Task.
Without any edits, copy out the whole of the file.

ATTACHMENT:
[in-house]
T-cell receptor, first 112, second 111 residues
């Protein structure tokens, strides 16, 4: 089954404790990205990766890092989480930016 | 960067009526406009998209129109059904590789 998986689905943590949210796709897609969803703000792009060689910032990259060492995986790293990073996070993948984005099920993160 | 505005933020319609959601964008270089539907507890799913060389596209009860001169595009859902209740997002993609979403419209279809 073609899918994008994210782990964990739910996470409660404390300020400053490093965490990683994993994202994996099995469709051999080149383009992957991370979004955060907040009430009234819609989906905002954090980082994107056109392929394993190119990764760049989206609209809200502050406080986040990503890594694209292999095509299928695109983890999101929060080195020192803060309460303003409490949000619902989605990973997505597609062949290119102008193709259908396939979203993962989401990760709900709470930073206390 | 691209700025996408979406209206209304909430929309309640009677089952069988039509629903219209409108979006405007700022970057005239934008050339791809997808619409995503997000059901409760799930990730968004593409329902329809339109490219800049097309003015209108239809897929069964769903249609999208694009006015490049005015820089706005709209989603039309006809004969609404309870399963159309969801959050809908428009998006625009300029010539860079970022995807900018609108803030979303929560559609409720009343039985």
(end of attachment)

[in-house]
T-cell receptor, first 112, second 111 residues
């Protein structure tokens, strides 16, 4: 089954404790990205990766890092989480930016 | 960067009526406009998209129109059904590789 998986689905943590949210796709897609969803703000792009060689910032990259060492995986790293990073996070993948984005099920993160 | 505005933020319609959601964008270089539907507890799913060389596209009860001169595009859902209740997002993609979403419209279809 073609899918994008994210782990964990739910996470409660404390300020400053490093965490990683994993994202994996099995469709051999080149383009992957991370979004955060907040009430009234819609989906905002954090980082994107056109392929394993190119990764760049989206609209809200502050406080986040990503890594694209292999095509299928695109983890999101929060080195020192803060309460303003409490949000619902989605990973997505597609062949290119102008193709259908396939979203993962989401990760709900709470930073206390 | 691209700025996408979406209206209304909430929309309640009677089952069988039509629903219209409108979006405007700022970057005239934008050339791809997808619409995503997000059901409760799930990730968004593409329902329809339109490219800049097309003015209108239809897929069964769903249609999208694009006015490049005015820089706005709209989603039309006809004969609404309870399963159309969801959050809908428009998006625009300029010539860079970022995807900018609108803030979303929560559609409720009343039985």